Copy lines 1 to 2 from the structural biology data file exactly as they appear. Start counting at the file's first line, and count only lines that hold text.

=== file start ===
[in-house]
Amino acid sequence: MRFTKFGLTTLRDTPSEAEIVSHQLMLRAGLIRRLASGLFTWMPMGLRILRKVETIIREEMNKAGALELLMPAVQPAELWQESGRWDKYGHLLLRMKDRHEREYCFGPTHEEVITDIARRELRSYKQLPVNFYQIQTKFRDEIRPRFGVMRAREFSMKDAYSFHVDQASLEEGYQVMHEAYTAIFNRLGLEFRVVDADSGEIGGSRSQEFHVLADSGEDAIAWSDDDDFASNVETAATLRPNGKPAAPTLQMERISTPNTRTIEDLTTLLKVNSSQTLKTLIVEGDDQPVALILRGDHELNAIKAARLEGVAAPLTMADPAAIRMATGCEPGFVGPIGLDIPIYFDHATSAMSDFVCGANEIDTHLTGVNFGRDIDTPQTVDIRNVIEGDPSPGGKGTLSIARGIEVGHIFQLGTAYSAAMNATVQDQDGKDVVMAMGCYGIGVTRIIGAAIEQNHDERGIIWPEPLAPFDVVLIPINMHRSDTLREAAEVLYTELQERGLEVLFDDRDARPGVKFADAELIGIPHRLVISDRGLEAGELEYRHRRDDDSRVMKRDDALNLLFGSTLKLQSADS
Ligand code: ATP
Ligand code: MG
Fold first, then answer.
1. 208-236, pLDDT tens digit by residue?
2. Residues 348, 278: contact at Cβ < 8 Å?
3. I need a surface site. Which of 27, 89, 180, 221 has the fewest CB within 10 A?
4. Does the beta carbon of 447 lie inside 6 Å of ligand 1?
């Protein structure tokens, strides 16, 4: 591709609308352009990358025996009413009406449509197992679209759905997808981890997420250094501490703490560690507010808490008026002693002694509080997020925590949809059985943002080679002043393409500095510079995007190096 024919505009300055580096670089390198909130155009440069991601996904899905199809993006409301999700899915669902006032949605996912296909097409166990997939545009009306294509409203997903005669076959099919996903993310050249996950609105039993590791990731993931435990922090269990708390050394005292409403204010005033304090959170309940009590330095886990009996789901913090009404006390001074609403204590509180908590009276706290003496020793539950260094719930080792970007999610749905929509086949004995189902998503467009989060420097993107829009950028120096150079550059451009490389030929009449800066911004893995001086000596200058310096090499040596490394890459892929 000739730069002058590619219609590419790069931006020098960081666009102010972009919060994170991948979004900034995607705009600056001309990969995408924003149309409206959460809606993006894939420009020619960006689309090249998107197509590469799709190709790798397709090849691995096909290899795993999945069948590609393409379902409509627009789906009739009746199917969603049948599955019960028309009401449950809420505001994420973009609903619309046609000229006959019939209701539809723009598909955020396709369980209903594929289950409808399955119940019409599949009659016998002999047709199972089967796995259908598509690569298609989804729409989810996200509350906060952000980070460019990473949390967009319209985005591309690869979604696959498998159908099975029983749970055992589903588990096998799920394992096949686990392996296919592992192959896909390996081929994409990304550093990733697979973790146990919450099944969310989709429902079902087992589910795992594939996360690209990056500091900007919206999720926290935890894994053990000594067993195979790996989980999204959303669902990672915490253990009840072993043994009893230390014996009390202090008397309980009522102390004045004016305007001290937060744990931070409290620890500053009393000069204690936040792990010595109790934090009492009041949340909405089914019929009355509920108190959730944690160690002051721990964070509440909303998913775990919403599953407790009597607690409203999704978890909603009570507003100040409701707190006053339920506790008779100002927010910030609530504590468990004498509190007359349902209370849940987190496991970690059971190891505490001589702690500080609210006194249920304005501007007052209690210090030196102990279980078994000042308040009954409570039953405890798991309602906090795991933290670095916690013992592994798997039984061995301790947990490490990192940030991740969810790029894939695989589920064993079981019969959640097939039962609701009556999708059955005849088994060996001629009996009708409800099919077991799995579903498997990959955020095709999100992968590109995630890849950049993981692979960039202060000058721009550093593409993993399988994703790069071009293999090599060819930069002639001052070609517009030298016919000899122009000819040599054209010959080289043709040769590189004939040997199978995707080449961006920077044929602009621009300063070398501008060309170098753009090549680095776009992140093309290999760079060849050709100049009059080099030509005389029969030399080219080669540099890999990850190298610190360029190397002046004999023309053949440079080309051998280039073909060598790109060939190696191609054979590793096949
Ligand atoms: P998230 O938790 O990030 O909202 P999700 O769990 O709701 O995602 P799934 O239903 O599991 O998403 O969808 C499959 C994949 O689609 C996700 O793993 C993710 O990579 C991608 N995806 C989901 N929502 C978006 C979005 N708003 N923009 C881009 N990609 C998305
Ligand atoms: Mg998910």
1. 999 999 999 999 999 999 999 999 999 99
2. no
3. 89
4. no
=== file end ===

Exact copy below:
[in-house]
Amino acid sequence: MRFTKFGLTTLRDTPSEAEIVSHQLMLRAGLIRRLASGLFTWMPMGLRILRKVETIIREEMNKAGALELLMPAVQPAELWQESGRWDKYGHLLLRMKDRHEREYCFGPTHEEVITDIARRELRSYKQLPVNFYQIQTKFRDEIRPRFGVMRAREFSMKDAYSFHVDQASLEEGYQVMHEAYTAIFNRLGLEFRVVDADSGEIGGSRSQEFHVLADSGEDAIAWSDDDDFASNVETAATLRPNGKPAAPTLQMERISTPNTRTIEDLTTLLKVNSSQTLKTLIVEGDDQPVALILRGDHELNAIKAARLEGVAAPLTMADPAAIRMATGCEPGFVGPIGLDIPIYFDHATSAMSDFVCGANEIDTHLTGVNFGRDIDTPQTVDIRNVIEGDPSPGGKGTLSIARGIEVGHIFQLGTAYSAAMNATVQDQDGKDVVMAMGCYGIGVTRIIGAAIEQNHDERGIIWPEPLAPFDVVLIPINMHRSDTLREAAEVLYTELQERGLEVLFDDRDARPGVKFADAELIGIPHRLVISDRGLEAGELEYRHRRDDDSRVMKRDDALNLLFGSTLKLQSADS